The first generation of quinolones began with the introduction of nalidixic acid in 1962 for treatment of urinary tract infections in humans. Nalidixic acid was discovered by George Lesher and coworkers in a distillate during an attempt at chloroquine synthesis. Quinolones exert their antibacterial effect by preventing bacterial DNA from unwinding and duplicating (please see the Mechanism of Action section for details). The majority of quinolones in clinical use belong to the subset fluoroquinolones, which have a fluorine atom attached to the central ring system, typically at the 6-position or C-7 position.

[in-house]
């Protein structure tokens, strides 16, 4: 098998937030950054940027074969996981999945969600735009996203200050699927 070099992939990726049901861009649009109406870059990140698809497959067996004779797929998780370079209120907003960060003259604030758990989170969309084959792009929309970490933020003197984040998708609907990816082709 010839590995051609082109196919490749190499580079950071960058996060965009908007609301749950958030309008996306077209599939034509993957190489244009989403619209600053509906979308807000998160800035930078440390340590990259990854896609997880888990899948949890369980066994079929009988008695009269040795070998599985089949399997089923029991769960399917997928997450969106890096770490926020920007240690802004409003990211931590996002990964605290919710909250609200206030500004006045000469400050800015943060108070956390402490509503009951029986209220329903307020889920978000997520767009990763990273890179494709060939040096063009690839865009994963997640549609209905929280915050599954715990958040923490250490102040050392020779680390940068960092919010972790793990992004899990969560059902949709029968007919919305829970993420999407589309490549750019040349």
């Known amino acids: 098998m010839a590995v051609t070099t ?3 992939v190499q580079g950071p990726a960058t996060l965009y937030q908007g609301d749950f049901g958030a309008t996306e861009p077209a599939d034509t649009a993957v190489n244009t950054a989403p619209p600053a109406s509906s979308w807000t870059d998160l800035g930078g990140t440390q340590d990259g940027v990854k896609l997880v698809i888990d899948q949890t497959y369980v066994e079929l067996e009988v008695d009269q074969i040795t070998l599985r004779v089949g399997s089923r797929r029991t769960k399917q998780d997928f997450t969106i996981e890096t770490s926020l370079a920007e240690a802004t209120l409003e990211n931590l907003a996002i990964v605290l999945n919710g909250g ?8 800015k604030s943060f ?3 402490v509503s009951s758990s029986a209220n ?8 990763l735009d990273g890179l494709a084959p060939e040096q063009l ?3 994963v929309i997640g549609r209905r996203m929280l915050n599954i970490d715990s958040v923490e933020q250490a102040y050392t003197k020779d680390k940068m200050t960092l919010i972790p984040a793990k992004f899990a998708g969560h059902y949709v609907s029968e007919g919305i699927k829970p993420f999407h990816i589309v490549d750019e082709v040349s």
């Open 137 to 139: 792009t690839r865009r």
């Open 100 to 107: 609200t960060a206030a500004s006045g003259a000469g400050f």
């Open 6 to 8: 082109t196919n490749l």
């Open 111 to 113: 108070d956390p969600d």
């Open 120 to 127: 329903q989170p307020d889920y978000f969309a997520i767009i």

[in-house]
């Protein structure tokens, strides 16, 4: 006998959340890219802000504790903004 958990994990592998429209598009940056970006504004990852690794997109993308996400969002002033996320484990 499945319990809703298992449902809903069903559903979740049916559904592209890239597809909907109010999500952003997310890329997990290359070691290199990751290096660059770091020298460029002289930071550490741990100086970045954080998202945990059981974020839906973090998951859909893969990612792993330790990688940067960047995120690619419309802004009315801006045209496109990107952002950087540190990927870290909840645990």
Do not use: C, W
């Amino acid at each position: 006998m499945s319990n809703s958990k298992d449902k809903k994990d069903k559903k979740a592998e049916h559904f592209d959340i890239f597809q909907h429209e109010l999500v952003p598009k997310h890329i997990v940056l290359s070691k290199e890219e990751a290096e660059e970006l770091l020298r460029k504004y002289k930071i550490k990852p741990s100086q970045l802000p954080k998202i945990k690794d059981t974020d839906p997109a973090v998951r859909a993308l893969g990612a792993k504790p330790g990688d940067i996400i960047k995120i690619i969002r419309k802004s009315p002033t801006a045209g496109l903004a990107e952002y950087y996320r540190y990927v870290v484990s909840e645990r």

Fluoroquinolones are broad-spectrum antibiotics (effective for both gram negative and gram positive bacteria) that play an important role in treatment of serious bacterial infections, especially hospital-acquired infections and others in which resistance to older antibacterial classes is suspected. Because the use of broad-spectrum antibiotics encourages the spread of multidrug resistant strains and the development of Clostridium difficile infections, treatment guidelines from the Infectious Disease Society of America, the American Thoracic Society, and other professional organizations recommend minimizing the use of fluoroquinolones and other broad-spectrum antibiotics in less severe infections and in those in which risk factors for multidrug resistance are not present.